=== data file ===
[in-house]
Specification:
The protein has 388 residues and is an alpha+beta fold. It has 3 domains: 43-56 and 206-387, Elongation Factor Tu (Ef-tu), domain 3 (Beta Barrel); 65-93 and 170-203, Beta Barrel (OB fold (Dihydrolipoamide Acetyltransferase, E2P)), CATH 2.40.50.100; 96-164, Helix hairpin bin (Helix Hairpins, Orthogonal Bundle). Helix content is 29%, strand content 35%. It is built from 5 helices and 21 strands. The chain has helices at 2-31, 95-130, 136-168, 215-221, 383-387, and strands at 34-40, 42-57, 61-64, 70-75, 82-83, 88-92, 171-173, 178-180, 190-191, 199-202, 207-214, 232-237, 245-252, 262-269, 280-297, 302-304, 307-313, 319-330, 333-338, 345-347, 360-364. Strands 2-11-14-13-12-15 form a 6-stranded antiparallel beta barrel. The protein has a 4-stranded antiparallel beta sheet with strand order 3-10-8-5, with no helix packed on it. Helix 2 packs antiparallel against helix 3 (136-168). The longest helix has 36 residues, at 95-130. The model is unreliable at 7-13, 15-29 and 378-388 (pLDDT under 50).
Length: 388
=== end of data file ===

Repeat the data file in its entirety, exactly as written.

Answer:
[in-house]
Specification:
The protein has 388 residues and is an alpha+beta fold. It has 3 domains: 43-56 and 206-387, Elongation Factor Tu (Ef-tu), domain 3 (Beta Barrel); 65-93 and 170-203, Beta Barrel (OB fold (Dihydrolipoamide Acetyltransferase, E2P)), CATH 2.40.50.100; 96-164, Helix hairpin bin (Helix Hairpins, Orthogonal Bundle). Helix content is 29%, strand content 35%. It is built from 5 helices and 21 strands. The chain has helices at 2-31, 95-130, 136-168, 215-221, 383-387, and strands at 34-40, 42-57, 61-64, 70-75, 82-83, 88-92, 171-173, 178-180, 190-191, 199-202, 207-214, 232-237, 245-252, 262-269, 280-297, 302-304, 307-313, 319-330, 333-338, 345-347, 360-364. Strands 2-11-14-13-12-15 form a 6-stranded antiparallel beta barrel. The protein has a 4-stranded antiparallel beta sheet with strand order 3-10-8-5, with no helix packed on it. Helix 2 packs antiparallel against helix 3 (136-168). The longest helix has 36 residues, at 95-130. The model is unreliable at 7-13, 15-29 and 378-388 (pLDDT under 50).
Length: 388